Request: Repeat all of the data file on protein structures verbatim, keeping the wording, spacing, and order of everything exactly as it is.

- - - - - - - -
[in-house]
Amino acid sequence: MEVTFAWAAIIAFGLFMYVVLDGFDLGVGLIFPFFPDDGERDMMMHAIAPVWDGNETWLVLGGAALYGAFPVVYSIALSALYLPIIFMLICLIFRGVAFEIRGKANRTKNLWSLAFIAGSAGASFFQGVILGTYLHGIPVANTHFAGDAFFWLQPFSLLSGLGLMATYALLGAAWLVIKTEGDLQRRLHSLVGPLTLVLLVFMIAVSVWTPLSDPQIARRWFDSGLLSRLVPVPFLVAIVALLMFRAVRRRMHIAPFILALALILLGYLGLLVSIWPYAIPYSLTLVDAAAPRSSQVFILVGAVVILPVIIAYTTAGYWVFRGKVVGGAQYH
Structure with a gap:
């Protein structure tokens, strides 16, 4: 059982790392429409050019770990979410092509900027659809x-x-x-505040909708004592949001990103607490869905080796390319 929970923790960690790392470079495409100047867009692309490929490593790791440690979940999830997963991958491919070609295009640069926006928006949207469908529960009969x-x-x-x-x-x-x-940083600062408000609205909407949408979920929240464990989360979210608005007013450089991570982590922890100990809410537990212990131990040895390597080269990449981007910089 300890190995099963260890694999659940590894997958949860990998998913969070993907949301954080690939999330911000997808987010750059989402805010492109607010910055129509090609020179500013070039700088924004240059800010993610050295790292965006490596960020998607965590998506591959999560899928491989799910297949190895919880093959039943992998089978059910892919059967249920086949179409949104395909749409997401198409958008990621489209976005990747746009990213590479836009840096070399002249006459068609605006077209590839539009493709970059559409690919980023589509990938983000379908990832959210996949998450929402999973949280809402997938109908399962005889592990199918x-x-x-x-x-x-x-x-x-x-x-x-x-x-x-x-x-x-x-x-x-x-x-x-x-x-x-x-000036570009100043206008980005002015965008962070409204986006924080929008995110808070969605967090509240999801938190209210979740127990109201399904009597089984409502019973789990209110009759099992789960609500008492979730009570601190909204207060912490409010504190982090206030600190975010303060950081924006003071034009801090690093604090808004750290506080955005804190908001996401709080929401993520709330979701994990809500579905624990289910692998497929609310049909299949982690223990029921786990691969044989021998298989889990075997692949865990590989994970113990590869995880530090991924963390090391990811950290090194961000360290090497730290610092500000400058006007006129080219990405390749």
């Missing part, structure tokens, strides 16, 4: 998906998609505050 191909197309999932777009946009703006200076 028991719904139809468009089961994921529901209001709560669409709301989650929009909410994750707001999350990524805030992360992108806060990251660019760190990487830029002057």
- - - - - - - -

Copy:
[in-house]
Amino acid sequence: MEVTFAWAAIIAFGLFMYVVLDGFDLGVGLIFPFFPDDGERDMMMHAIAPVWDGNETWLVLGGAALYGAFPVVYSIALSALYLPIIFMLICLIFRGVAFEIRGKANRTKNLWSLAFIAGSAGASFFQGVILGTYLHGIPVANTHFAGDAFFWLQPFSLLSGLGLMATYALLGAAWLVIKTEGDLQRRLHSLVGPLTLVLLVFMIAVSVWTPLSDPQIARRWFDSGLLSRLVPVPFLVAIVALLMFRAVRRRMHIAPFILALALILLGYLGLLVSIWPYAIPYSLTLVDAAAPRSSQVFILVGAVVILPVIIAYTTAGYWVFRGKVVGGAQYH
Structure with a gap:
């Protein structure tokens, strides 16, 4: 059982790392429409050019770990979410092509900027659809x-x-x-505040909708004592949001990103607490869905080796390319 929970923790960690790392470079495409100047867009692309490929490593790791440690979940999830997963991958491919070609295009640069926006928006949207469908529960009969x-x-x-x-x-x-x-940083600062408000609205909407949408979920929240464990989360979210608005007013450089991570982590922890100990809410537990212990131990040895390597080269990449981007910089 300890190995099963260890694999659940590894997958949860990998998913969070993907949301954080690939999330911000997808987010750059989402805010492109607010910055129509090609020179500013070039700088924004240059800010993610050295790292965006490596960020998607965590998506591959999560899928491989799910297949190895919880093959039943992998089978059910892919059967249920086949179409949104395909749409997401198409958008990621489209976005990747746009990213590479836009840096070399002249006459068609605006077209590839539009493709970059559409690919980023589509990938983000379908990832959210996949998450929402999973949280809402997938109908399962005889592990199918x-x-x-x-x-x-x-x-x-x-x-x-x-x-x-x-x-x-x-x-x-x-x-x-x-x-x-x-000036570009100043206008980005002015965008962070409204986006924080929008995110808070969605967090509240999801938190209210979740127990109201399904009597089984409502019973789990209110009759099992789960609500008492979730009570601190909204207060912490409010504190982090206030600190975010303060950081924006003071034009801090690093604090808004750290506080955005804190908001996401709080929401993520709330979701994990809500579905624990289910692998497929609310049909299949982690223990029921786990691969044989021998298989889990075997692949865990590989994970113990590869995880530090991924963390090391990811950290090194961000360290090497730290610092500000400058006007006129080219990405390749």
């Missing part, structure tokens, strides 16, 4: 998906998609505050 191909197309999932777009946009703006200076 028991719904139809468009089961994921529901209001709560669409709301989650929009909410994750707001999350990524805030992360992108806060990251660019760190990487830029002057």